Cyril Pavillard has a resume that reads like most tech entrepreneurs. Start a company, enjoy success, sell for profit, repeat.
So what is he doing in the Apple T-shirt business? One, he wants to appeal to Apple fans all over the world with his line of A-Shirts bearing designs that pay homage to great Cupertino products and geniuses. Pavillard, himself, is completely gaga over Apple.
The second reason is more altruistic.
He and his wife have developed a business model of fair trade and sustainability for the textile artists of Peru, where the shirts are made. Shirts are constructed on demand, preventing waste and excess inventory, and artists get 10 times more money than if they were working in the greater textile industry.
“Our ultimate goal is to create for small, passionate online communities (like Apple fans), but make a product with a local supply chain from beginning to end,” Pavillard told Cult of Mac in a Skype interview from his home in Lima. “There’s not a lot of transparency in the T-shirt industry. Products travel all over the world. The shirt might be made of 100 percent cotton grown in the U.S. but then the cotton is shipped to Indonesia to make the thread and then to Bangladesh to make fabric. We wanted to do something completely controlled, transparent and beneficial to the individual workshops here.”
When the company launched, subscribers paid around $300 to receive seven handmade A-Shirts, each with a different design featuring an iconic Apple figure, product or quote. This year, the company has four Apple T-shirts, including one featuring the beloved Apple II and another that shows a well-known image of Steve Jobs leaning rather lovingly on the first Macintosh computer.
The subscription for 2016 will run $199. While $50 a shirt might seem steep, Pavillard argues the buyer will find a significant payoff. Because Peru’s cotton is famously durable with fibers that are super-thin, this makes the fabric softer than, say, a random T-shirt you buy at Walmart.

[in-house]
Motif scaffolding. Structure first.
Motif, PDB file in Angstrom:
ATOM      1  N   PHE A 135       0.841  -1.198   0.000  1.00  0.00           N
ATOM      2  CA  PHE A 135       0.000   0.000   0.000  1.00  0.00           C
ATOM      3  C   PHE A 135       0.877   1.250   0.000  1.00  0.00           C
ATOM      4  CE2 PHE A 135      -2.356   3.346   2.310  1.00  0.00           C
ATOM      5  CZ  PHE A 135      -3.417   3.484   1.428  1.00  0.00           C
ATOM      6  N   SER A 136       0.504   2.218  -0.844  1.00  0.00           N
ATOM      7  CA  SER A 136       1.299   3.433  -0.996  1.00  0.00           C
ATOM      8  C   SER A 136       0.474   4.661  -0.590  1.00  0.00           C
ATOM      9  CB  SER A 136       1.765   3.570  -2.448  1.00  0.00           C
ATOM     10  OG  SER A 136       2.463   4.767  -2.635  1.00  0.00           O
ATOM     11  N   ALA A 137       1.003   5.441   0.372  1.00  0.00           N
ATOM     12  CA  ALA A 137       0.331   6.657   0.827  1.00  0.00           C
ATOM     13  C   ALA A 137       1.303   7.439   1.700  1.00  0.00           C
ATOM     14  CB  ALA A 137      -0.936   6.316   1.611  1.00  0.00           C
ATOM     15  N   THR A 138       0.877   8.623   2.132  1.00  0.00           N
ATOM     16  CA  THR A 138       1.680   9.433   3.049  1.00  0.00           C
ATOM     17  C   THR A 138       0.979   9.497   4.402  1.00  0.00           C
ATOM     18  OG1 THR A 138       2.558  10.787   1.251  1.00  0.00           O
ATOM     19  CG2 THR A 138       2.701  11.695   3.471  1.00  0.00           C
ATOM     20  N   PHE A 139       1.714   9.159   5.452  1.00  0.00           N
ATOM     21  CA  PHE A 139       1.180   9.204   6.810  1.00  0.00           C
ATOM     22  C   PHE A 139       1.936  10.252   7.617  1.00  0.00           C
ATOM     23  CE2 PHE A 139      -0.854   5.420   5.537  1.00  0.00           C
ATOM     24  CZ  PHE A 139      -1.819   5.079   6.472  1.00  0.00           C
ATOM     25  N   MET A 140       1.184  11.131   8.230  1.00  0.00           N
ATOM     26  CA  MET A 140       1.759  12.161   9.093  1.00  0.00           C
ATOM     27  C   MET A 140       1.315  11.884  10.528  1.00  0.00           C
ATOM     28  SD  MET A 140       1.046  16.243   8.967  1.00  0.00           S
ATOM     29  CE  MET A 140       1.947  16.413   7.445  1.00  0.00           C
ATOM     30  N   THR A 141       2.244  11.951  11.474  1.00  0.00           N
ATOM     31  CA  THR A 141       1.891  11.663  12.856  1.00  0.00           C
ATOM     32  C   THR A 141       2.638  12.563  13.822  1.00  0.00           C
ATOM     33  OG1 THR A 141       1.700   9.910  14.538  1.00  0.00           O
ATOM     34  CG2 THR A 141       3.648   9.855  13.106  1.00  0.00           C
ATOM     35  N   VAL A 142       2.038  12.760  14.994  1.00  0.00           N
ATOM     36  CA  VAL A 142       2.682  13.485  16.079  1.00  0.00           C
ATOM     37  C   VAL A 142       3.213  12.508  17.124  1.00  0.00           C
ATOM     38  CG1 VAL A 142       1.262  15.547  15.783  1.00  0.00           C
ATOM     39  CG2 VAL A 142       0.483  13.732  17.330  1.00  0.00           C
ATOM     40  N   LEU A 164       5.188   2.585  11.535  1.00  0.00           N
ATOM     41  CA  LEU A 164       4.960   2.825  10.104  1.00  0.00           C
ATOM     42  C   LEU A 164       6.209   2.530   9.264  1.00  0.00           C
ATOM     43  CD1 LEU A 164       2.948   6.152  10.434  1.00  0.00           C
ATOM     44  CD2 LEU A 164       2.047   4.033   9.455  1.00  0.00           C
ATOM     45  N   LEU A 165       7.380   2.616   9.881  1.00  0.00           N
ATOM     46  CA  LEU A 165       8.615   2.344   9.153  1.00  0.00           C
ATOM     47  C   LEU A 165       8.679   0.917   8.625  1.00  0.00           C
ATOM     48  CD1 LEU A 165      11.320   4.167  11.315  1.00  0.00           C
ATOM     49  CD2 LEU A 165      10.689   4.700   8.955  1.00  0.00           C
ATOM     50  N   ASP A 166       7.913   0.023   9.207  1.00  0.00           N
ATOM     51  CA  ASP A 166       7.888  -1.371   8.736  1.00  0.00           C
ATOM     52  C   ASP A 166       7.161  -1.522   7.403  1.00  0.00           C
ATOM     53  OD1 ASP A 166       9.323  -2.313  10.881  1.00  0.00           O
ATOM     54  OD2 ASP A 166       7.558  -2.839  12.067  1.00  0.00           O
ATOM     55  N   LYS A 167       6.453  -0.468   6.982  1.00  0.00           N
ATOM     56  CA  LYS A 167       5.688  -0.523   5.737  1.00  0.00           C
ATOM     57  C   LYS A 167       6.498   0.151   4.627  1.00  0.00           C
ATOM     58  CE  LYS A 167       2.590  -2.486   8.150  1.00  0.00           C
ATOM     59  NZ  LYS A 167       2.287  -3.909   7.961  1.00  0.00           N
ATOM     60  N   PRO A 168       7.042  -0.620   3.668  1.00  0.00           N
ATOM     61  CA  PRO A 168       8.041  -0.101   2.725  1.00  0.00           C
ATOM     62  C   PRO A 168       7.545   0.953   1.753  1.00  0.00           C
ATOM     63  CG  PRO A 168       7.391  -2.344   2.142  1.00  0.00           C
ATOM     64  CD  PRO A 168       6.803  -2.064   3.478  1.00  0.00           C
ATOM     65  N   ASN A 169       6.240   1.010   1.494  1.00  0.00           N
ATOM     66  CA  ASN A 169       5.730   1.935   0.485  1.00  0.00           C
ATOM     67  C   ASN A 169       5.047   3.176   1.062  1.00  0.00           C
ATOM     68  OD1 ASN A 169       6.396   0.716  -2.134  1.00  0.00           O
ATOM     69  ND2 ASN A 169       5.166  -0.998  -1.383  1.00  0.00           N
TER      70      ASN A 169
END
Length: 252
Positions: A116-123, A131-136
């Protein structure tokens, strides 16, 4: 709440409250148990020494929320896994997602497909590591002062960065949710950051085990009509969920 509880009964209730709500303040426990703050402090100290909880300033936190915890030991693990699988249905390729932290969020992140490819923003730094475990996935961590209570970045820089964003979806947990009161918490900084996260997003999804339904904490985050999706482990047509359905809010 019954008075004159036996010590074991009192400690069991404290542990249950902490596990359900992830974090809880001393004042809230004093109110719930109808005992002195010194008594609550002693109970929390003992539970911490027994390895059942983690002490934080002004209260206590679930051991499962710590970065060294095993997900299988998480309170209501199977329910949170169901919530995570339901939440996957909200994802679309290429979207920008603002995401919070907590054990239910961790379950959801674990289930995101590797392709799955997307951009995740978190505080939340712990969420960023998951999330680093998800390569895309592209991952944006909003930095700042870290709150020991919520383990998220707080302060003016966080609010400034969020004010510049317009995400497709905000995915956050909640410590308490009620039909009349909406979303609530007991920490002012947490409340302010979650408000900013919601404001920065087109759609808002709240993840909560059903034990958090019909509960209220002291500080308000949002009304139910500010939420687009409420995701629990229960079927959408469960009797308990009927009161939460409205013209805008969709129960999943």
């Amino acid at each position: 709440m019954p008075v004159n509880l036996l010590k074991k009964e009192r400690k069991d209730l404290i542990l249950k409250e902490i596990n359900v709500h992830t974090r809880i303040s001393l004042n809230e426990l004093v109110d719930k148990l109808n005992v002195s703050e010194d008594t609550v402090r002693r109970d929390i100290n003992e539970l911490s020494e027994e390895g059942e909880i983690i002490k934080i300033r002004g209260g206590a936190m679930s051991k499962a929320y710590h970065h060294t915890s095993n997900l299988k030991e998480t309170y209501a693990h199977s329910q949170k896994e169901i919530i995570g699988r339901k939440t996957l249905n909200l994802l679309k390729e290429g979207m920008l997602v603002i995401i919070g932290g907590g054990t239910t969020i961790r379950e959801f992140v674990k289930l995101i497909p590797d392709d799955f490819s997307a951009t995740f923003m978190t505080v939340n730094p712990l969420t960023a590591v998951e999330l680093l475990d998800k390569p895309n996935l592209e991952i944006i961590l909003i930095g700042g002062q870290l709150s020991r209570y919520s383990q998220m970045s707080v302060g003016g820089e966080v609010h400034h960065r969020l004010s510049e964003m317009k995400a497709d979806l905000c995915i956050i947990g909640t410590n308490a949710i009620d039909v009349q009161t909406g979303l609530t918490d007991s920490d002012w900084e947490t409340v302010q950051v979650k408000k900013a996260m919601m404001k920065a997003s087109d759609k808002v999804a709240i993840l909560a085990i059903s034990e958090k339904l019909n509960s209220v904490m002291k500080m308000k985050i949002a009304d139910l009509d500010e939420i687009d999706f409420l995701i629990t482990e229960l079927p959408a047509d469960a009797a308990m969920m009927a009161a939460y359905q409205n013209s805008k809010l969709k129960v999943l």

There are no scratchy labels or tags. To receive care instructions, the wearer must scan a QR code printed on the inside of the shirt. In addition to care instructions, the QR code offers information about the artists and the craftspeople who made the shirt.
Cotton in Peru is still picked by hand and a significant part of the textile economy there involves individuals working in small shops. Each person with a hand in the making of the shirt will share in the profits, Pavillard said.
A-Shirts’ first year had more than 300 subscribers at around $250 each. Pavillard said around 55 percent signed up again to get the four shirts next year.
Each shirt also comes with a surprise gift. This year, one shirt came with a refrigerator magnet made from a key from some classic Apple keyboard.
Pavillard, a native of Switzerland, and his wife, Alicia Gonzalez, are looking at developing lines of shirts for fans of Lego and coffee, but Apple was a natural starting point.
Pavillard said Apple has “driven my life” since he was 8 when he got his first computer. At 12, he started his own Apple fan magazine. This proved to be more than mere child’s play: In 1999, he started a French-language news site for Apple fans called MacGeneration. He sold it in 2006 and started an education software company that created programs for interactive whiteboards for classrooms.
“I am biased towards Apple, but this was a good way to test the market because of all my Apple contacts,” he said. “With the designs, we want to give people a story that they can emotionally connect with.”
Pavillard never notified Apple about the shirts. The designs do not use copyright-protected symbols; artists are asked only to create something inspired by Apple in some way.
Also, Pavillard is interested in obtaining shirt sizes for Tim Cook, Eddy Cue and Jony Ive so he can send some samples.